After the morning spent at Bonampak we went about twenty miles further down the highway that runs along the frontier with Guatemala (and through several military checkpoints) to the turnoff for Frontera Corozal on the Rio Usumacinta, the border between the two countries and the access to the Mayan ruins at Yaxchilan.  The town itself is about eleven miles down what is a pothole purgatory and was the roughest road we have encountered so far in all of Mexico.  It is a real frontier town full of dirt streets, rusty iron roofs, and lots of dogs roaming everywhere.  We camped right down on the river above where the long, narrow boats that take you to the ruins 40 minutes downriver tie up for the night.

Dan and the campsite beside the Rio Usumacinta

Dan and the campsite beside the Rio Usumacinta

The setting was pleasant enough with lots of shade, lots of bug infested grass, and lots of howler monkeys frolicking in the trees, sometimes right over our heads.  We camped with two Canadian couples in vans and a Mexican couple in a tent.  It was our closest encounter with the howler monkeys, often from a distance of perhaps ten feet, and whole families seemed to take real delight in flinging themselves between the trees on each side of our van.

We made arrangements with one of the launches before bedding down for the night, and were onboard and headed downriver by 8:15 the following morning.  It was wonderful to be early on the broad green river and fascinating to have a look into Guatemala from this perspective as well.  While propulsion in this case was by big outboard motor, the boat hulls themselves were very similar to what we were in while in Southeast Asia, particularly for the two days we traveled down the Mekong River in Laos.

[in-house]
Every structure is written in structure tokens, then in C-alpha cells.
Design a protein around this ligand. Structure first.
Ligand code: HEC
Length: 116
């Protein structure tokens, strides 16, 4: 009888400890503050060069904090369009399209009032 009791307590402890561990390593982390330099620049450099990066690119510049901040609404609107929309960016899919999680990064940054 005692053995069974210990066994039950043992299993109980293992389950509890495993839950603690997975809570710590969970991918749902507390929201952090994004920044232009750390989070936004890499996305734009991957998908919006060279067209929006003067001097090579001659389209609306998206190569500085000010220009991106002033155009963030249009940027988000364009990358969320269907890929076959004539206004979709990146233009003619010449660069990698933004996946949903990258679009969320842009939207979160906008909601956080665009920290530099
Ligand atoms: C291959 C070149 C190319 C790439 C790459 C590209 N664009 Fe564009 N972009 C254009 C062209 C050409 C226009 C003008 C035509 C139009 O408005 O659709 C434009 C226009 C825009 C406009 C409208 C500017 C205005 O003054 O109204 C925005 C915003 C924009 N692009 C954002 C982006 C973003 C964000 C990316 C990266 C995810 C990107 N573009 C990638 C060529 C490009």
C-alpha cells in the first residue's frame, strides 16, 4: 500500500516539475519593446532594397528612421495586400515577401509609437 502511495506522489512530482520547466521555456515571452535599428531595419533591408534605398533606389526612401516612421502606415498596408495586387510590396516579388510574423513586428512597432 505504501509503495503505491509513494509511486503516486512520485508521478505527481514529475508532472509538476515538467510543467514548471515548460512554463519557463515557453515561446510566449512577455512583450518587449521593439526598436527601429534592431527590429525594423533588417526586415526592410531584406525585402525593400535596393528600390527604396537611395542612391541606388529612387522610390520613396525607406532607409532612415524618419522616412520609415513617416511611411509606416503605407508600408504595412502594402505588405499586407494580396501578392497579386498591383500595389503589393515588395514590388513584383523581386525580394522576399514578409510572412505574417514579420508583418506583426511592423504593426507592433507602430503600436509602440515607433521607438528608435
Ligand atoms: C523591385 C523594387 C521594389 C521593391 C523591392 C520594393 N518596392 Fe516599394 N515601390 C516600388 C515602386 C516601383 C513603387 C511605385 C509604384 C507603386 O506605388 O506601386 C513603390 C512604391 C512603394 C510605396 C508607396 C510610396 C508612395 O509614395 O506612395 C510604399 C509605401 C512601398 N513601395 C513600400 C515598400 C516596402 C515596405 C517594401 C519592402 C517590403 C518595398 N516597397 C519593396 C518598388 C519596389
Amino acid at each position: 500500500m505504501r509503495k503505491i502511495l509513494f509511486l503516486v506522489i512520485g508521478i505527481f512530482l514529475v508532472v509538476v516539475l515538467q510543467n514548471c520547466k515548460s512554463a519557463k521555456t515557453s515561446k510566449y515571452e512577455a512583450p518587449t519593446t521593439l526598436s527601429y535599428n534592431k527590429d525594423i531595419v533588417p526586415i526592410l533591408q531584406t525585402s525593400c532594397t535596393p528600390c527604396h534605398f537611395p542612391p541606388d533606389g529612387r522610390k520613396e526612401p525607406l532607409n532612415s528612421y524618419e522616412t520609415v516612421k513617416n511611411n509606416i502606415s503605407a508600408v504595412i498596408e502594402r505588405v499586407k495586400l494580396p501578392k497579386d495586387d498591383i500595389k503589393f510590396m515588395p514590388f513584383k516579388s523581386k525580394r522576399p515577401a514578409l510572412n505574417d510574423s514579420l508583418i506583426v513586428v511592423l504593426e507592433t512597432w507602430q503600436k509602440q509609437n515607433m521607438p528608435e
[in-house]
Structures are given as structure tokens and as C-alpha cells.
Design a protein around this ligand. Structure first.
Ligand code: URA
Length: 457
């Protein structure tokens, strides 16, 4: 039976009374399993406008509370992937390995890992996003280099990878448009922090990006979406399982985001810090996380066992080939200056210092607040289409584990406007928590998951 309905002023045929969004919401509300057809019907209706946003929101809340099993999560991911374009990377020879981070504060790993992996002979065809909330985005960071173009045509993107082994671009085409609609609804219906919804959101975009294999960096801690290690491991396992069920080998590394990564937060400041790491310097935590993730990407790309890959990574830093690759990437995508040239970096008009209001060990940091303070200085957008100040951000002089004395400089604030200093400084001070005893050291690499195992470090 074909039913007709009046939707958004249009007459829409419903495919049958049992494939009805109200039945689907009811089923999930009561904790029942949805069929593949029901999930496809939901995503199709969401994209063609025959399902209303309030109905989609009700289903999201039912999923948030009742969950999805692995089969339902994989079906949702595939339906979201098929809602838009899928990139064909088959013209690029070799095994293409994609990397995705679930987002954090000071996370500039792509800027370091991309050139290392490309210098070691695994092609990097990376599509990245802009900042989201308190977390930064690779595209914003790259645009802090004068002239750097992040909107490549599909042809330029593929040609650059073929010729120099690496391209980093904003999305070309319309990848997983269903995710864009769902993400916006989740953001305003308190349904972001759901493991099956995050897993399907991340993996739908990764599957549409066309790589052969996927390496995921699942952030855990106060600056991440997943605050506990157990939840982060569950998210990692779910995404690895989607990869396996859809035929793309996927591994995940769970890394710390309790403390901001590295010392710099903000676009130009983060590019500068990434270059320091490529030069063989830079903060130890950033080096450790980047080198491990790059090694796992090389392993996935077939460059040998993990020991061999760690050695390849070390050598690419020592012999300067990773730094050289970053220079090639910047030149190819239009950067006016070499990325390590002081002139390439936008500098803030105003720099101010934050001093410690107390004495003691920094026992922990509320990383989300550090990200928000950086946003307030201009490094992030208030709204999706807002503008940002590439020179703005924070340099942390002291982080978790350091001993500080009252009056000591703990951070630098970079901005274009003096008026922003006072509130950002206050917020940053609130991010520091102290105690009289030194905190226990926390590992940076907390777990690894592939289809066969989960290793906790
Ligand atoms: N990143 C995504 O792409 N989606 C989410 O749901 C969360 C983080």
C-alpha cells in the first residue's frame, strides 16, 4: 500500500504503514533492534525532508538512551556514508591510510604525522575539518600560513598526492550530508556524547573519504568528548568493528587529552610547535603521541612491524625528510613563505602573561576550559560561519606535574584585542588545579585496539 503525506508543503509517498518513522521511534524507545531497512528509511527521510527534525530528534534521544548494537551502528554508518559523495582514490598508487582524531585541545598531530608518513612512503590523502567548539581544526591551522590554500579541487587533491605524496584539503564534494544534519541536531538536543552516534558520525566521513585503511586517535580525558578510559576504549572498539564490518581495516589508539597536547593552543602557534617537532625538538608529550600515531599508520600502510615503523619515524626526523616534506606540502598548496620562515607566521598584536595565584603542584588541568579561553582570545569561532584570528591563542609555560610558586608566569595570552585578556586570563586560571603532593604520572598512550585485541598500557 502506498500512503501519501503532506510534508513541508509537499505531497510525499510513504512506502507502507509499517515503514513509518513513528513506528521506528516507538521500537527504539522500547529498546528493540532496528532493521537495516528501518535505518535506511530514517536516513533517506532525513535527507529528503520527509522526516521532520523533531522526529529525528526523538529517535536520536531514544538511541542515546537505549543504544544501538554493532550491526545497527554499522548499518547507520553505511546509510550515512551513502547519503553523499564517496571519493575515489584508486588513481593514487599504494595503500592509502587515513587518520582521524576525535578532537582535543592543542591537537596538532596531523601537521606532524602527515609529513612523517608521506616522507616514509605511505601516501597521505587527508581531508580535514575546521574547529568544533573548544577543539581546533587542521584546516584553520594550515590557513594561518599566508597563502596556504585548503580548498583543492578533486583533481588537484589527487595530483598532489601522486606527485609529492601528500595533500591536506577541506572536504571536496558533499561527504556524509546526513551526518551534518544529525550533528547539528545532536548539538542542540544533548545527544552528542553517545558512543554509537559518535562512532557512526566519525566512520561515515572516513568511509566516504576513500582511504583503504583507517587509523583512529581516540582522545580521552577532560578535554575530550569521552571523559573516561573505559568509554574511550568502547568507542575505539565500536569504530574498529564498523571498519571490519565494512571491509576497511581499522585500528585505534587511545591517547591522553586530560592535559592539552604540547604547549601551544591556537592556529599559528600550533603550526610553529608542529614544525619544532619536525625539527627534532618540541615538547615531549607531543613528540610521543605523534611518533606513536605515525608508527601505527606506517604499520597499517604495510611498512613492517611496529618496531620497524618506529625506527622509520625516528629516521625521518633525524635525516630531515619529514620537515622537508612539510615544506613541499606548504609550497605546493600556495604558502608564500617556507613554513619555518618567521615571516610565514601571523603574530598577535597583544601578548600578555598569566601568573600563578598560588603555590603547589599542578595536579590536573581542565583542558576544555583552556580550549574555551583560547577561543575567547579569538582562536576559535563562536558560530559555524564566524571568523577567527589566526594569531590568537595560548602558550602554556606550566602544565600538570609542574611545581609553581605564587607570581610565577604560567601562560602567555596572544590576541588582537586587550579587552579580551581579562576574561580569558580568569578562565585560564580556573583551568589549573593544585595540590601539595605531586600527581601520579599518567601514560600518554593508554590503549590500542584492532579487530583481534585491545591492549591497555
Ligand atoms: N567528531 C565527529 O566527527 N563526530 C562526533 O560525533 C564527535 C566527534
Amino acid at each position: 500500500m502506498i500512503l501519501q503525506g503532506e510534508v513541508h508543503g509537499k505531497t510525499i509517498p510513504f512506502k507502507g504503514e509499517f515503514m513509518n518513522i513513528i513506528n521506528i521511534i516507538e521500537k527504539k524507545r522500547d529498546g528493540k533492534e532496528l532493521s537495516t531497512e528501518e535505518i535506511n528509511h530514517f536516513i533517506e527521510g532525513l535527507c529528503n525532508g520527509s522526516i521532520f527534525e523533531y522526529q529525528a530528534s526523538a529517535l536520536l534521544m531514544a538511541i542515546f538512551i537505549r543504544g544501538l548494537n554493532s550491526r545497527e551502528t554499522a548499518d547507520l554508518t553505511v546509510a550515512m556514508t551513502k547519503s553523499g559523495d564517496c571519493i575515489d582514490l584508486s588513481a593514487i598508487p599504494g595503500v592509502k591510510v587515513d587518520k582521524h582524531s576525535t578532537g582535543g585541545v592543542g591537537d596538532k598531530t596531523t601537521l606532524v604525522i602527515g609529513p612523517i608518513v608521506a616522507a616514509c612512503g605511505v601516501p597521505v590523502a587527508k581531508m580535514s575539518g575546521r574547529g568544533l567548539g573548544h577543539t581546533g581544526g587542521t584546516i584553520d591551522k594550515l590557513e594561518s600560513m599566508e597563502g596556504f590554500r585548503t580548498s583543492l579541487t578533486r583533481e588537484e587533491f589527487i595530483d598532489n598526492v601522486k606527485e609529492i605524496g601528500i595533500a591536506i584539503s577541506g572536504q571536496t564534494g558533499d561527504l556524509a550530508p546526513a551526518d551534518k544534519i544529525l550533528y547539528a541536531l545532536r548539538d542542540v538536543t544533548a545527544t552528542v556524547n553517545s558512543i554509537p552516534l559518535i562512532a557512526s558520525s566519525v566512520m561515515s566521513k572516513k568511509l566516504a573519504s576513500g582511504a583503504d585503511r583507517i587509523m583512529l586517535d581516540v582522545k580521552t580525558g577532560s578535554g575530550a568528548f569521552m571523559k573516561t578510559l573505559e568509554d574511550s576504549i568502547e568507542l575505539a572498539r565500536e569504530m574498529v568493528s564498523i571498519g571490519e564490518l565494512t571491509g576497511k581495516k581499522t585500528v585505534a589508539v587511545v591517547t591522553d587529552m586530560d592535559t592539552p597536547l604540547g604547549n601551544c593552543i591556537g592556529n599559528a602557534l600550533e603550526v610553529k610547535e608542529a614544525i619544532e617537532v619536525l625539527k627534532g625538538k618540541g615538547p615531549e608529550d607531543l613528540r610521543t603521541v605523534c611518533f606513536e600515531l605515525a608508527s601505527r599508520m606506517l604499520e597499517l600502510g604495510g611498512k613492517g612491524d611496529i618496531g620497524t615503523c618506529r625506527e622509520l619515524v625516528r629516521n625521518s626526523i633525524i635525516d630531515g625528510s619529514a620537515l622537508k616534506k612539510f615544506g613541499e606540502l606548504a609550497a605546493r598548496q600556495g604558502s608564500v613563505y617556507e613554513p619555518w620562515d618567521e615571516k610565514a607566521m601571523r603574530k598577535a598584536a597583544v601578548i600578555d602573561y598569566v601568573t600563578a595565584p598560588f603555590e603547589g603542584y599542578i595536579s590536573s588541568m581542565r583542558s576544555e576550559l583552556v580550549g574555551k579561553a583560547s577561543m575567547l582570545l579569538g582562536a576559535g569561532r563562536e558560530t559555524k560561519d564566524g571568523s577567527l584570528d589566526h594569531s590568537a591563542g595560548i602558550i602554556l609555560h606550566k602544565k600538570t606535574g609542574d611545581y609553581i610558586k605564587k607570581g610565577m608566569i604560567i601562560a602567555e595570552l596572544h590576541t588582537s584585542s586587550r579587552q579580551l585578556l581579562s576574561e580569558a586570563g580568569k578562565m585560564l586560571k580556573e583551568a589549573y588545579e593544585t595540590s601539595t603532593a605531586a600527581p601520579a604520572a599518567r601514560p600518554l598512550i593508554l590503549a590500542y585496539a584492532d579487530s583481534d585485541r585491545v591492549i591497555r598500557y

One of the riverboats. Note the nose gracefully out of the water.

One of the riverboats. Note the nose gracefully out of the water.

 

Riverboat being loaded in shallow water with cargo.

Riverboat being loaded in shallow water with cargo.

We were the first to arrive at the ruins and all was still but for the howler monkeys and the birds.  Used to rather well restored ruins as we were, it was a surprise to find the buildings here still only partially excavated and often with only a wall or two exposed, the rest of the structure still engulfed in jungle.  Rather than the park like environment of Palenque and Bonampak, this resembled more a primitive settlement hacked from the rainforest and likely to be engulfed again without the constant attention of swinging machetes.

Jungle tree dangling above ruins and ready to gobble it back.

Jungle tree dangling above ruins and ready to gobble it back.